$118,220,085.74
6,903,012.00
$120,123,097.74

$99,376,696.13
5,830,233.00
$105,206,929.13

$ 3.2&0.720.O0
1,804,758.05

$ 4,934,070.00
970,604.59

Total Non-Reserve Cash
$ 4,555,478.05
EARNING ASSETS:
Bills Discounted—Secured by U. S. Gov. Obligations
$ 3,226,473.85
Bills Discounted—Non-Members secured by Adjusted Service Certificates
8,763.00
Bills Discounted—All Other
19,530,958.40
Total Bills Discounted
$ 22,766,195.25
Bills Purchased in Open Market
10,936,375.12
United States Government Securities
13,907,100.00

$ 5,904,674.59

Total Earning Assets
UNCOLLECTED ITEMS:
Transit Items
Exchanges for Clearing House
Other Cash Items
Federal Reserve Notes of Other F. R. Banks

$ 47,609,670.37

$ 61,833,554.53

$ 36,598,419.17
1,324,615.97
217,670.88
2,265,800.00

$ 50,396,700.68
1,927,204.41
241,880.03
5,719,070.00

Total UncoUected Items
MISCELLANEOUS:
Interest Accrued
Fiscal Agency Expenses, Reimbursable
BankPremis.es, (Richmond and Baltimore)
Claims Account Closed or Suspended Banks
Participation in Due from Foreign Banks
All Other Resources
Total Miscellaneous Assets

$ 11,285,650.00
3,000.99
27.650,053.18
$ 38,938,704.17
13,335,750.36
9,559,100.00

$ 40,406,506.02

$ 58,284,855.12

$

$

5,298.23
1,112.02
8,249,291.60
925,897.93
29,548.77
36,730.04

5,298.23
1,357.31
8,193,862.45
626,003.77
33,157.78
48,667.28

$ 4,247,878.59

$ 8,908,346.82

$216,942,630.77

$235,138,360.19

$ 5,801,350.00
12,113,588.51

$ &.072.450.00
12,495,857.15

Total Capital
DEPOSITS:
Member Banks—Reserve Accounts
United States Treasurer
Participation in Due to Foreign Banks
Officers' Checks and Drafts
Other Deposits

$ 17,914,938.51

$ 18,568,307.15

$ 60,819,581.33
444,252.15
241,455.21
133,704.71
33,696.80

$ 64,741,697.70
2,149,544.07
257,996.72
84,466.30
76,264.44

Total Deposits
DEFERRED AVAILABILITY CREDITS:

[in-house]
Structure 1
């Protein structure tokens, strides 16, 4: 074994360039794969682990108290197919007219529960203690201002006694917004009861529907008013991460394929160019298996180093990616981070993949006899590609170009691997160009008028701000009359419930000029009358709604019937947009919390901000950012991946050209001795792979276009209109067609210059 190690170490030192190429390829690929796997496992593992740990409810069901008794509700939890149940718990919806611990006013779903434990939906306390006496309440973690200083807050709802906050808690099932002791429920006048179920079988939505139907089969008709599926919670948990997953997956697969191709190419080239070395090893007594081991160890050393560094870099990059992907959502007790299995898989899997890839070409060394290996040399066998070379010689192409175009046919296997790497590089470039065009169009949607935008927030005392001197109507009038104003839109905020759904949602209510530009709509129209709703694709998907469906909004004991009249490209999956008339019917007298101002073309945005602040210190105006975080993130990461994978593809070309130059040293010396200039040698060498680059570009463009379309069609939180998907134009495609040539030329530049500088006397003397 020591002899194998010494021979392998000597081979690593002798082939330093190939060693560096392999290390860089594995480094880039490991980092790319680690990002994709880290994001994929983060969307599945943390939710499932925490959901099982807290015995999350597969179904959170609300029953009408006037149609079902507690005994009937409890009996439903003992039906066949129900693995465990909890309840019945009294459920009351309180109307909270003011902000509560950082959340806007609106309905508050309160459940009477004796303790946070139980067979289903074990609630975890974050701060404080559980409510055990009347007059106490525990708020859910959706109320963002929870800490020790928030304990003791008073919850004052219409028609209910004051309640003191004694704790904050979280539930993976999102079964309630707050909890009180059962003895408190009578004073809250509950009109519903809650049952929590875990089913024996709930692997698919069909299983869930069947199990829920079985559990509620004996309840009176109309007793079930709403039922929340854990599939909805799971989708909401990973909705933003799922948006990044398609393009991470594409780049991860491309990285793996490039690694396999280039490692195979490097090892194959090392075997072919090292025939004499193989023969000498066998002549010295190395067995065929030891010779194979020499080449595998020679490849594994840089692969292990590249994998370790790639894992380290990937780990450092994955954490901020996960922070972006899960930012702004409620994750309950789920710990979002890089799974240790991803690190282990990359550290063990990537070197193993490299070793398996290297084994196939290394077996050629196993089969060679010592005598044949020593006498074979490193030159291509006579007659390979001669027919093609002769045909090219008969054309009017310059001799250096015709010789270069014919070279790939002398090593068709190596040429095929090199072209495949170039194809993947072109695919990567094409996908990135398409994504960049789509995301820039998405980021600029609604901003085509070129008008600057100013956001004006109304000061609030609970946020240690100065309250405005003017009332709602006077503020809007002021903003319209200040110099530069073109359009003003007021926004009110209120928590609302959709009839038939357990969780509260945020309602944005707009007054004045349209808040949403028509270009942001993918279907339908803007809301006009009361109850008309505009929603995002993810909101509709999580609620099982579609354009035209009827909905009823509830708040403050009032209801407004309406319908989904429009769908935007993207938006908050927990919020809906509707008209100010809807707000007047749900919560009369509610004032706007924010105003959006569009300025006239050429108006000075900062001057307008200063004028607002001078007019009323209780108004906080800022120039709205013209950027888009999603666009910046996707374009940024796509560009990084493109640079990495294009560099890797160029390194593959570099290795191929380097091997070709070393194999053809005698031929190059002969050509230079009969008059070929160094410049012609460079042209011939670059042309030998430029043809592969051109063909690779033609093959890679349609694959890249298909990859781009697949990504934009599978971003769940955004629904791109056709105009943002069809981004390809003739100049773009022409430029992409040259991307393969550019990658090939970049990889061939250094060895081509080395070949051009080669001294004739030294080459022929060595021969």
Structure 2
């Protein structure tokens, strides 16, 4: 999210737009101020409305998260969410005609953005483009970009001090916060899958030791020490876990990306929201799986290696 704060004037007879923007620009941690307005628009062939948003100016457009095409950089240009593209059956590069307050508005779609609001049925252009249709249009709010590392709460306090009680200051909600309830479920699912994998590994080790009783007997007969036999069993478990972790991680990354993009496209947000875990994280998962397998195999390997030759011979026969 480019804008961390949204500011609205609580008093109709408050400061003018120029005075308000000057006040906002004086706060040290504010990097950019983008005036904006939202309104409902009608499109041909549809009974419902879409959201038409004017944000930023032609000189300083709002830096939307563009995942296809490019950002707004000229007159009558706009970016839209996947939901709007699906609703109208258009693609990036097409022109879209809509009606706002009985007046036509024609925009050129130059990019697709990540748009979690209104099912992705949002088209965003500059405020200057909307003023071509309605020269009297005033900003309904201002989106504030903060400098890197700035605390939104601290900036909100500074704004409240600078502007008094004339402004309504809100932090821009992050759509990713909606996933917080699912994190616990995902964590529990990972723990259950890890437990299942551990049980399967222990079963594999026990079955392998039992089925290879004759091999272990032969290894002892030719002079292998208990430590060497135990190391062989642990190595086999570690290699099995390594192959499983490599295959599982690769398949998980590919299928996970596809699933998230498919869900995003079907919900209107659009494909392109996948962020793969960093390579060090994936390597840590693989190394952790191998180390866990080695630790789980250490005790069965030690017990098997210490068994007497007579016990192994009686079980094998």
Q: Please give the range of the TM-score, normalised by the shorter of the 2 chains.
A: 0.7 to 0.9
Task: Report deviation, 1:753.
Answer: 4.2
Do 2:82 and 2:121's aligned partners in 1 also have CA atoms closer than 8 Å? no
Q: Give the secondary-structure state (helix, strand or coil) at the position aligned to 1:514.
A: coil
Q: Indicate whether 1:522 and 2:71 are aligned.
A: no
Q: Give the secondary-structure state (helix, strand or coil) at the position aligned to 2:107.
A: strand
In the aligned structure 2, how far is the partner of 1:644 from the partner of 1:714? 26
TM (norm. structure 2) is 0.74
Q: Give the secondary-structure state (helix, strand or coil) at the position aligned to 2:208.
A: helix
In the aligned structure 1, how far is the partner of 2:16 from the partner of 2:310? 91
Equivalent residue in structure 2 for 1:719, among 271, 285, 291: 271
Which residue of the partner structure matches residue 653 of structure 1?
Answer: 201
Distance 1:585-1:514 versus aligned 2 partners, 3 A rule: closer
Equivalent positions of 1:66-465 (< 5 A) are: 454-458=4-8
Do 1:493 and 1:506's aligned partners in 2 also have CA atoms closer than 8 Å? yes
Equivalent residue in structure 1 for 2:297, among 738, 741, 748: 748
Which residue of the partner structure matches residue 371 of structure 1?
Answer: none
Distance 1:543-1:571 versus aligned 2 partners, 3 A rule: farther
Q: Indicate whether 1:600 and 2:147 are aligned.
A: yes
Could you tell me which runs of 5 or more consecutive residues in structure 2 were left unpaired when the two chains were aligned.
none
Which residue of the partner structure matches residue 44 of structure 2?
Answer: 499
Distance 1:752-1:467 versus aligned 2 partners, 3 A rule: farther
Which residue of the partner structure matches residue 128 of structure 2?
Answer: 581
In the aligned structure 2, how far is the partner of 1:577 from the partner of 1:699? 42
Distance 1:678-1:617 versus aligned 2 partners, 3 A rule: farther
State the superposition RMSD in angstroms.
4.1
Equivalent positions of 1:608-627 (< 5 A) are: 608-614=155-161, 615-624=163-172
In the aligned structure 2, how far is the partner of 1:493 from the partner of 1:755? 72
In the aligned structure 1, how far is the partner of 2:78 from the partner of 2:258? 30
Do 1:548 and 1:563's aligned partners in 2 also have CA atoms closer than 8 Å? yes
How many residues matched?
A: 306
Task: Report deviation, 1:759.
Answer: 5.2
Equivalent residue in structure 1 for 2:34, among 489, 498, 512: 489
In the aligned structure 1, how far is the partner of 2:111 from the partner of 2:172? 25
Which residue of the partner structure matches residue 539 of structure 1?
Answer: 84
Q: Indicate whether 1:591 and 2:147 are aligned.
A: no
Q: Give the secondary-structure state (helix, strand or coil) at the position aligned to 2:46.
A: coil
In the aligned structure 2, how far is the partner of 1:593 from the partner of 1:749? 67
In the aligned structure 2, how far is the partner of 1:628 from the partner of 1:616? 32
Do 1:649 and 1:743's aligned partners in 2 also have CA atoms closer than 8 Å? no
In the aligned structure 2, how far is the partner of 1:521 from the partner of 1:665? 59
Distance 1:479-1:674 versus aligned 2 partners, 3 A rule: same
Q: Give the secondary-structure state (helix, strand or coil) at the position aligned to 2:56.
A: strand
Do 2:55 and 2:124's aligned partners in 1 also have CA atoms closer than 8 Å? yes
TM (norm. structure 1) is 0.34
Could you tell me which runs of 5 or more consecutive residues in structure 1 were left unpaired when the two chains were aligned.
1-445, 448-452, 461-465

United States Treasurer
Federal Reserve and Member Banks
Miscellaneous

$ 61,672,690.20

$ 67,309,969.23

$

792,042.89
85,089,959.51
228,532.58

$ 1,681,498.71
47,479,748.16
521,364.92

$86,110,534.98

$49,682,611.79

$100,516,210.00

$ 98,670,400.00

$

$

TOTAL RESOURCES

LIABILITIES
CAPITAL:
Capital paid in
Surplus

Total Deferred AvaUability Credits
NOTE CIRCULATION:
F. R. Notes in Actual Circulation
MISCELLANEOUS:
Reserve for Expense Accrued and Unpaid
Reserve for Self Insurance
Reserve for Undetermined Losses
Unearned Discount
All other Liabilities
Total Miscellaneous Liabilities
TOTAL LIABILITIES




8,402.75
400,000.00
264,000.00
60,313.42
540.91
$
728,257.08
$216,942,630.77

2,925.47
400,000.00
400,000.00
103,439.13
707.42
$
907,072.02
$235,138,360.19

SIXTEENTH ANNUAL REPORT
FEDERAL RESERVE BANK OF RICHMOND

GENERAL BUSINESS CONDITIONS
STATISTICAL SUMMARY
Debits to Individual Accounts (24 Cities)
Number of Commercial Failures, 5th
District
Liabilities Involved in Failures
Cotton Consumption, 5th District Mills
(Bales)
Cotton Grown in 5th District (Bales)
Cigarettes Manufactured in 5th District..
Total Taxes on Tobacco Manufactures,
5th District
Tobacco Grown in 5th District (Pounds)
Farm Value, All Crops in 5th District....